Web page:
There are many benefits of using the sand casting process versus traditional manufacturing processes. If you asked multiple metal casting suppliers the main benefit, many would say the cost effectiveness when internal passageways are required. So how does a metal casting supplier produce a finished component with these passageways? The answer is simple - by using cores. While the answer is simple, the process can be highly technical to insure a quality product. Let’s take a look at the art and science of core making.
A core is an object, typically made from sand or ceramic, that is in the shape of the passageway or void required for the finished component. In a conventional sand casting process, the two mold halves (cope and drag) are matched together, and the resulting cavity creates the exterior geometry and features of the casting. By placing a core inside the cavity, the flow and solidification of metal is redirected around the core, and the internal features and geometry of the casting can be created.
The core must be strong enough to withstand the molten metal’s high temperature with minimal contraction or expansion to avoid dimensional issues of the finished component. However, it must be brittle enough to be able to break apart during the shakeout process to reveal the opening.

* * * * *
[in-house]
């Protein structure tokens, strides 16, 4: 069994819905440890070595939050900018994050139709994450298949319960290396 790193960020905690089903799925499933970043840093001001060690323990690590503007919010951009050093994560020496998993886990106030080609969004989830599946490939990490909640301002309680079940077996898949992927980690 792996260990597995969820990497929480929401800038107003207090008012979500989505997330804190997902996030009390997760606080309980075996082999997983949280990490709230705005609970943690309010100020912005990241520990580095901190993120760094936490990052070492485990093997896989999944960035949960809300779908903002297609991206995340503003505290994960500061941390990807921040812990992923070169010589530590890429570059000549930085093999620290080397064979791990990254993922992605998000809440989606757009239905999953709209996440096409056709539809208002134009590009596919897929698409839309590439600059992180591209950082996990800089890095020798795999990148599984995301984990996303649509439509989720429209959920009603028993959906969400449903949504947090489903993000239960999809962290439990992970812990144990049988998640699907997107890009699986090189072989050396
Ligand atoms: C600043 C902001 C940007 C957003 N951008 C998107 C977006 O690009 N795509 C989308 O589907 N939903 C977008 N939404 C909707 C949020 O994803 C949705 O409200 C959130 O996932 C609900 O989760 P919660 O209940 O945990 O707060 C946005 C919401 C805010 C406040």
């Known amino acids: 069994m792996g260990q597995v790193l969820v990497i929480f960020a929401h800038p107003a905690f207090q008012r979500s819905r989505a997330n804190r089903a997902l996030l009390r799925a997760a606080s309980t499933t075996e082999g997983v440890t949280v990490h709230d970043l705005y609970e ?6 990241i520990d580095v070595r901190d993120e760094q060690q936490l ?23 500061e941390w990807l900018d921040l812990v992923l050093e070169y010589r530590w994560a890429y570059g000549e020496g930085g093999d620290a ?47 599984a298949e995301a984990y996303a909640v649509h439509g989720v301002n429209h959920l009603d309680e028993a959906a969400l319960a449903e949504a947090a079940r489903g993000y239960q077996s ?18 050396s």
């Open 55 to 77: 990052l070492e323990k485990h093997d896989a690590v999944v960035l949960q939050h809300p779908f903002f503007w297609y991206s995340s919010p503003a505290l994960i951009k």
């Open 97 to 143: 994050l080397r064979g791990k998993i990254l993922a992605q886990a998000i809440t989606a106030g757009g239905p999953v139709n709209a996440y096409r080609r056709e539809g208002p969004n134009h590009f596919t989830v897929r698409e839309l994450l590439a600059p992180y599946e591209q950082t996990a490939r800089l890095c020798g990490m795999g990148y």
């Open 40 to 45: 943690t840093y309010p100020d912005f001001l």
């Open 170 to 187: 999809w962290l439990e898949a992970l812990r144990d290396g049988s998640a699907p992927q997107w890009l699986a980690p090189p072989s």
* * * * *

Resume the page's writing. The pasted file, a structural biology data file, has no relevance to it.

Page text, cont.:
The tool to create a core is called a core box. There are various methods to making a core but probably the simplest way is the cold box method. Sand, along with a binding agent, is packed into a core box, the excess removed, and a wooden or metal plate seals in the sand while it is allowed to cure. When ready, the cores are removed and coated with a non-adhesive to provide a smoother service and supply greater heat resistance. If appropriate, the core is placed in an oven to allow the coating to dry and the binding agents in the sand to react.
Keep in mind that using cores will add to the final cost of the casting but working closely with your casting supplier during the design stage and discussing the use of cores can save you money in the long run.
To learn more about the sand casting process, read our blog located here.